The results of this study demonstrated that, when cultured EPCs were exposed to shear stress, the gene expression levels of the arterial endothelial markers ephrinB2, Notch1/3, Hey1/2, and ALK1 increased, whereas the gene expression levels of the venous endothelial markers EphB4 and NRP2 decreased. We have previously shown that, as the number of days of culture increases, EPCs increase their expression of the mature endothelial cell markers Flk-1, Flt-1, and VE-cadherin and that shear stress markedly accelerates the increase in endothelial marker expression. On the basis of our current and previous observations, EPCs appear to be responsive to shear stress and to differentiate into mature and arterial endothelial cells under shear stress conditions. Shear stress has been found to affect cell differentiation in other cell lines as well, and it has been shown to induce differentiation of Flk-1-positive embryonic stem cells and embryonic mesenchymal progenitor cells toward the vascular endothelial cell lineage (42, 45). In contrast to the study in EPCs, ephrinB2 expression has been shown to decrease in response to shear stress in human umbilical vein endothelial cells and human coronary artery endothelial cells (14). The biomechanical regulation of ephrinB2 expression may differ between mature endothelial cells and EPCs. Taken together, the physiological environmental factor shear stress may play an important role in the regulation of differentiation programs that lead to blood vessel formation in embryos and adults.
Flow exerts two effects on cells. One effect is a flow-velocity-dependent change in mass transport (6). When some cell-activating substance is present in the perfusate, its diffusion to the cell surface increases as flow velocity or shear rate increases, leading to further stimulation of cells. The other effect is the mechanical cell deformation induced by shear stress. Flow-loading experiments using two media having different viscosities make it possible to discriminate between these two effects (3). Since shear stress is the product of shear rate and viscosity, cells can be subjected to different levels of shear stress at the same shear rate by exposing them to flows of different viscosity. If the flow effect is shear rate dependent, the response may be similar regardless of the viscosity, or the response may be greater to low viscosity than to high viscosity because diffusion decreases as viscosity increases. If the flow effect is shear stress dependent, on the other hand, the response would be greater at high viscosity than at low viscosity. The results of this study were consistent with the latter; that is, the flow-induced increases in ephrinB2 mRNA level and decreases in EphB4 mRNA level were always greater at high viscosity than at low viscosity at the same shear rate. This means that the flow-induced changes in ephrinB2 and EphB4 expression are due to shear stress as a mechanical force rather than to shear-rate-dependent mass transport.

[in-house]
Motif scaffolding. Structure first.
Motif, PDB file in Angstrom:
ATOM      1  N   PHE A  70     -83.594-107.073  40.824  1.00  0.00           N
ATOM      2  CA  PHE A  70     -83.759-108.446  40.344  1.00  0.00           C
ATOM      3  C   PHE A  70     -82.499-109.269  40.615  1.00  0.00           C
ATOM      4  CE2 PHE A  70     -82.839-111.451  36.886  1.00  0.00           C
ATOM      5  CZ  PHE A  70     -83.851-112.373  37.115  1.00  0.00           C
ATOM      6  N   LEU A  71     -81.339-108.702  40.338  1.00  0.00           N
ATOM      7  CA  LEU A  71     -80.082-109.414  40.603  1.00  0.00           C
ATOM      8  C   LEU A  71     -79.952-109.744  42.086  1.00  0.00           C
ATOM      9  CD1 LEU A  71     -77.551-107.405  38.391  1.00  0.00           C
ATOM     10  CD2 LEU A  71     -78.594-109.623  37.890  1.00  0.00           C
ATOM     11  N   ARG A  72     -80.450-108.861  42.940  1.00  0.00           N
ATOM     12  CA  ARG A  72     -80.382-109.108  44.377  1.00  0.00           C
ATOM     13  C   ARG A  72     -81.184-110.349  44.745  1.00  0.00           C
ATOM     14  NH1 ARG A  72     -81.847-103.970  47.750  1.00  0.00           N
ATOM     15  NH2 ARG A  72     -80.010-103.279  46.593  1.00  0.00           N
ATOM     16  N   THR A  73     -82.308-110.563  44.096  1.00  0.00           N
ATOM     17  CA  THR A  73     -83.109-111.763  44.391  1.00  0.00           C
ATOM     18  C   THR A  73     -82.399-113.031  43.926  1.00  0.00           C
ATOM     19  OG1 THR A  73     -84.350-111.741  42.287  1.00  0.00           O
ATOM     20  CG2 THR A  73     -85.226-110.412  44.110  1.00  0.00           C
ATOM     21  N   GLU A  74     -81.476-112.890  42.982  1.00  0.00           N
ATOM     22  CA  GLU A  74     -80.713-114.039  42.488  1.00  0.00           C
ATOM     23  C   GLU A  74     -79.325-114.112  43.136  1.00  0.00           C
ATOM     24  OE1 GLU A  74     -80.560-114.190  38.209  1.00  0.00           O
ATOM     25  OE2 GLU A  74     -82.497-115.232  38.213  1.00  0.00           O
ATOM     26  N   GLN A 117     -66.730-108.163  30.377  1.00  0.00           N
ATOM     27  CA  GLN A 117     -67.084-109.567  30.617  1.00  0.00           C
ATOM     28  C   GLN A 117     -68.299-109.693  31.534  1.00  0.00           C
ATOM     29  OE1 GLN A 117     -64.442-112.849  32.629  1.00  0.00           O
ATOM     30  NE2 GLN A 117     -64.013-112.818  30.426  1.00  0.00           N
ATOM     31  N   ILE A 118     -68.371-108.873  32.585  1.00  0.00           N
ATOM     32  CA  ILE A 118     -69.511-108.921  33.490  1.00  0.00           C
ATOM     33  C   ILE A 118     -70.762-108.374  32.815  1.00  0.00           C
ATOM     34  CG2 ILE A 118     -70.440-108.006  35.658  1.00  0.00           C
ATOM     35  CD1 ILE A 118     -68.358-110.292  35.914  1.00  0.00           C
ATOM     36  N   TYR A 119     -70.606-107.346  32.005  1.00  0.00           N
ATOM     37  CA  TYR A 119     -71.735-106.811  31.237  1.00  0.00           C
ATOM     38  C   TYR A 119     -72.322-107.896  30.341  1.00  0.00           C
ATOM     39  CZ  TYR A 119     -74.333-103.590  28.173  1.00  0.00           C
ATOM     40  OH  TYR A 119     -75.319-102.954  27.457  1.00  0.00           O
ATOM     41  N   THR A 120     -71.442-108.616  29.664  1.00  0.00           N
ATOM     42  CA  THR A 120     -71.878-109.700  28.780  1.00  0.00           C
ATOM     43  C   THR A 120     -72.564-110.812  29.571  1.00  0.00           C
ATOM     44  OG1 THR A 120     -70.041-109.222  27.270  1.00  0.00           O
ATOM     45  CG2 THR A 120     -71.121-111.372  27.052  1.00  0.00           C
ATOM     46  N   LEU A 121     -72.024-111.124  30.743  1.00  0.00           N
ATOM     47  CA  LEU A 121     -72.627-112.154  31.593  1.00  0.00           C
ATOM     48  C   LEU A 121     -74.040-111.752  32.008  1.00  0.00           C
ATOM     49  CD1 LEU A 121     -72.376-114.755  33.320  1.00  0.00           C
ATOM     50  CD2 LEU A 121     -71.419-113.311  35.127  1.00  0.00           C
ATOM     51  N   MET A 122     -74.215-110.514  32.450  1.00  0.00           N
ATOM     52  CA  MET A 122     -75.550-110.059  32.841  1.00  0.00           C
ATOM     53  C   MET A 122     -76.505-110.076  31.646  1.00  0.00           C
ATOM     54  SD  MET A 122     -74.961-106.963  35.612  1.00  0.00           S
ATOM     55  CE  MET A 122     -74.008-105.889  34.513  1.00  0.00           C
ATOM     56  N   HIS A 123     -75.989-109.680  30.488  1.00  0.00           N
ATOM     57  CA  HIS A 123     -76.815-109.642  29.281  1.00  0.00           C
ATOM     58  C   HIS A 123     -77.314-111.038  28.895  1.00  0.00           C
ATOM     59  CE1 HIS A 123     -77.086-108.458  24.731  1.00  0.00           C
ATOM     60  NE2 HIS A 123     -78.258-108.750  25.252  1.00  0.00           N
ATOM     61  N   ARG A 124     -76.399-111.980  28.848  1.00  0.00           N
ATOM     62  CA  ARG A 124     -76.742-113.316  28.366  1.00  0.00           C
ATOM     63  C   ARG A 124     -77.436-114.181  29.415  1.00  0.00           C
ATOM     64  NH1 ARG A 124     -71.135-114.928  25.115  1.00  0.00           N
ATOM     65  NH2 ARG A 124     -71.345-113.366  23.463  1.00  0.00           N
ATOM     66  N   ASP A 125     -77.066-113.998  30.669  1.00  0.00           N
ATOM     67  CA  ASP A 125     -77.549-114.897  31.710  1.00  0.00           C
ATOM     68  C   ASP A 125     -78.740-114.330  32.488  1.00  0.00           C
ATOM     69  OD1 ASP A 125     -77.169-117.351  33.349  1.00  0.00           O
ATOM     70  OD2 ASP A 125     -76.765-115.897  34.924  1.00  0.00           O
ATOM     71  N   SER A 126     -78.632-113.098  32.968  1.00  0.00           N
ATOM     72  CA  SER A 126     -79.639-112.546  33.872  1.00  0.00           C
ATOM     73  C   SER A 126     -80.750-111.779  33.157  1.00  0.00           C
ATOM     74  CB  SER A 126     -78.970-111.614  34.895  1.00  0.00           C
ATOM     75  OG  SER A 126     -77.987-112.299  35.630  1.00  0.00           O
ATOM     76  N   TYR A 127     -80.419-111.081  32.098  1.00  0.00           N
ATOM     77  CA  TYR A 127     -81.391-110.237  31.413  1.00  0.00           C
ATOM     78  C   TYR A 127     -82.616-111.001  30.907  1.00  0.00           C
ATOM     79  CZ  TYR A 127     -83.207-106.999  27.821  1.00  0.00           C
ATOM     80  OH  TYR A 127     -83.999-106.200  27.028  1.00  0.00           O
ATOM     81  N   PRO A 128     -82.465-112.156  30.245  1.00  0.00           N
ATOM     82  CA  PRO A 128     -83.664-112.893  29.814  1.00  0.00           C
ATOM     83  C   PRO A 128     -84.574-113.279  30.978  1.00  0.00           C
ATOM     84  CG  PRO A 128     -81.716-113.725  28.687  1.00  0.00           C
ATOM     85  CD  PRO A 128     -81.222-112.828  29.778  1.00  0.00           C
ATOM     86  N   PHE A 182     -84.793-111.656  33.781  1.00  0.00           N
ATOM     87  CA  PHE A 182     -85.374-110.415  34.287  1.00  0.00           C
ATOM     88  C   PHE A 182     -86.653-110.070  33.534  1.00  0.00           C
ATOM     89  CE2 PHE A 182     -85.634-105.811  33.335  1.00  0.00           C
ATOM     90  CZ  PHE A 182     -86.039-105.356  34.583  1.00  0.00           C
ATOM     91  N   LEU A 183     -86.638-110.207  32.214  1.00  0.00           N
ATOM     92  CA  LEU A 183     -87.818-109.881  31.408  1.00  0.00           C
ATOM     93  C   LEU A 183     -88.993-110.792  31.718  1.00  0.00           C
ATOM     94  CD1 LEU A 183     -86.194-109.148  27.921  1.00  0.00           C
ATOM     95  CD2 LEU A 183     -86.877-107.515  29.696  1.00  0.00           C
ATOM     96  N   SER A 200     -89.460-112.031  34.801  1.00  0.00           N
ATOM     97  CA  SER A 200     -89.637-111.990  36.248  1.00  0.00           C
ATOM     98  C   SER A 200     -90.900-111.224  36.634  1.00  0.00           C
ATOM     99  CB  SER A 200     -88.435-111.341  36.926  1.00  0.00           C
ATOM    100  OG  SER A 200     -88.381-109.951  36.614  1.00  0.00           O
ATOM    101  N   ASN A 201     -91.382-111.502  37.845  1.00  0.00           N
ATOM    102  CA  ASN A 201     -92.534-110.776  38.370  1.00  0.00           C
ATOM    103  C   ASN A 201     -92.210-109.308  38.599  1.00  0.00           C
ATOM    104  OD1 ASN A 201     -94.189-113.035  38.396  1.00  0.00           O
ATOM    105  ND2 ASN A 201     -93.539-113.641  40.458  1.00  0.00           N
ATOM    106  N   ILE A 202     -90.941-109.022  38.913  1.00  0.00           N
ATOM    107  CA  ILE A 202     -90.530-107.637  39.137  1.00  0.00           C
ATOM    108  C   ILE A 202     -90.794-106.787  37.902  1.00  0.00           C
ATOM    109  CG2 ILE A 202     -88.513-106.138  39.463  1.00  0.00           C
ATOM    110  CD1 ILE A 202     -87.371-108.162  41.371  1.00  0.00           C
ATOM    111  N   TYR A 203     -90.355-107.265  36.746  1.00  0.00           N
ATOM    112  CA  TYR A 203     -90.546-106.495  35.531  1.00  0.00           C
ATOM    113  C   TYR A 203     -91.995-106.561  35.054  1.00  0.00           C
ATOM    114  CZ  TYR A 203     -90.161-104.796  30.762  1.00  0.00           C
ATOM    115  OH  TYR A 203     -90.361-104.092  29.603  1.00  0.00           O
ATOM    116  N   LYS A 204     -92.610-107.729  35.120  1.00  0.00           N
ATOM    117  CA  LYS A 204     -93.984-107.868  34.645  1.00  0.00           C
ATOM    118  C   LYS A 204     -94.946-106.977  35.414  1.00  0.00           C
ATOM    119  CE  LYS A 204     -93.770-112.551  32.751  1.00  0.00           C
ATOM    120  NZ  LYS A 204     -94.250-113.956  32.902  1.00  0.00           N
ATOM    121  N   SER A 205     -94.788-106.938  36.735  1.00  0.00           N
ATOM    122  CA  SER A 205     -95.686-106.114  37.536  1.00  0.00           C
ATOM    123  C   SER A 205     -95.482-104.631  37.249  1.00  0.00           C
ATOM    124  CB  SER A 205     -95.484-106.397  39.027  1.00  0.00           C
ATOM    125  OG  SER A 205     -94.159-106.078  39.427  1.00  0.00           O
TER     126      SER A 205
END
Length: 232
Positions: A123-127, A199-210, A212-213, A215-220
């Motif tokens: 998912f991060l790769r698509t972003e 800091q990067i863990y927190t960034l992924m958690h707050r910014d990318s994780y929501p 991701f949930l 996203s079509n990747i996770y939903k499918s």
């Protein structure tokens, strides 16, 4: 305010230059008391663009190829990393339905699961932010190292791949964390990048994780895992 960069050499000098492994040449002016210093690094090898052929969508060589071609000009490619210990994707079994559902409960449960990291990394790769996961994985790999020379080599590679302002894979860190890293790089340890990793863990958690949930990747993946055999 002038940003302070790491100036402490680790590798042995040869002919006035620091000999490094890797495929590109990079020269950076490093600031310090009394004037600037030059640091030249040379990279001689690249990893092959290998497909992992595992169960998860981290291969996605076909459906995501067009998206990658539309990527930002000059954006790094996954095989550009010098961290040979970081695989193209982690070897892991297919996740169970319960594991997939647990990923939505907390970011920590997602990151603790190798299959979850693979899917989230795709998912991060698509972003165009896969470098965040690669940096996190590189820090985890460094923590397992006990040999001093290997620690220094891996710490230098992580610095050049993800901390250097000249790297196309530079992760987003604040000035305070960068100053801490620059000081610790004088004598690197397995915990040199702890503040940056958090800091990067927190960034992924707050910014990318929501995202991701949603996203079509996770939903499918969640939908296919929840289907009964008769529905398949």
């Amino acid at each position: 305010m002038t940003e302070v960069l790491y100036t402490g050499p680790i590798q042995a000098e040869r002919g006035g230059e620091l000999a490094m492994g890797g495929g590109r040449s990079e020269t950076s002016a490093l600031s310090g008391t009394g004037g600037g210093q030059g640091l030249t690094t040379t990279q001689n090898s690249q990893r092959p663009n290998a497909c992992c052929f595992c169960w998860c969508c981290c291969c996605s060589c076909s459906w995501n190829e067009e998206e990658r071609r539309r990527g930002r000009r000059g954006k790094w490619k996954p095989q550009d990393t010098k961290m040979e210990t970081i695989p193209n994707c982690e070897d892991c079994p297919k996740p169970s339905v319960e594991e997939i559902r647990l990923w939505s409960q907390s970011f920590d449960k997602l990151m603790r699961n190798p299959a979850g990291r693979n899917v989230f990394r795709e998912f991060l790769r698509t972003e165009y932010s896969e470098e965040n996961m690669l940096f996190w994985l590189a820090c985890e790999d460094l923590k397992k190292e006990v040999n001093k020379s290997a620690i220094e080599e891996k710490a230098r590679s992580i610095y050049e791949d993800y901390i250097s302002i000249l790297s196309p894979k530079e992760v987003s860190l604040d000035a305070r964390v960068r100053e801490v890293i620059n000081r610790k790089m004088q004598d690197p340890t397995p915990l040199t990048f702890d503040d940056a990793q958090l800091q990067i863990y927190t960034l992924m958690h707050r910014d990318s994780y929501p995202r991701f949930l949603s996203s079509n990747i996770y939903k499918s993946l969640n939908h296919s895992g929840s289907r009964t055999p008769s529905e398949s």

The results of this study revealed that the increase in ephrinB2 expression in response to shear stress is attributable to activation of transcription, not to mRNA stabilization. The Sp1 consensus sequence (GGGGCGGGGC) located at −51 to −31 bp 5′ upstream from the transcription initiation site in the human ephrinB2 promoter is essential for the response of ephrinB2 to shear stress. Mutation of the Sp1 consensus sequence abolished the shear stress activation of ephrinB2 transcription, and EMSA and ChIP assays showed that shear stress markedly increased Sp1 binding to its consensus sequence in the ephrinB2 promoter. Shear stress has been found to affect the transcription of many genes in mature endothelial cells, and the cis-elements and transcription factors that are responsible for shear stress activation of gene transcription vary from gene to gene (31). Sp1 has also been reported to be involved in shear-stress-mediated transcriptional upregulation of genes encoding tissue factor, KDR, and plasminogen activator inhibitor-1 (1, 24, 27, 40) and downregulation of genes encoding purinoceptor P2X4, membrane type 1-matrix metalloproteinase, and Toll-like receptor 2 (11, 21, 49). However, the molecular mechanisms by which shear stress activates Sp1 remain unclear. Many other signals in addition to shear stress, including viral infection, growth factors, certain drugs, and cytokines, have been identified as inducing Sp1 phosphorylation through various signal transduction pathways and kinases, such as p38, AKT, ERK1/2, DNA-dependent protein kinase (DNA-PK), PKA, PKC-ζ, casein kinase II, and cyclin-dependent kinase 2 (8). Thus elucidation of signal transduction pathways and kinases linking shear stress to activation of Sp1 would provide deeper insight into the mechanism of shear-stress-mediated EPC differentiation.
This study was supported in part by grants-in-aid for Scientific Research (A) and Scientific Research on Priority Areas from the Japanese Ministry of Education, Culture, Sports, Science and Technology, and by a research grant for cardiovascular diseases from the Japanese Ministry of Health, Labor and Welfare.
We thank Yuko Sawada for technical assistance and Mark Tofflemire to finally check English grammar and style in the revised text.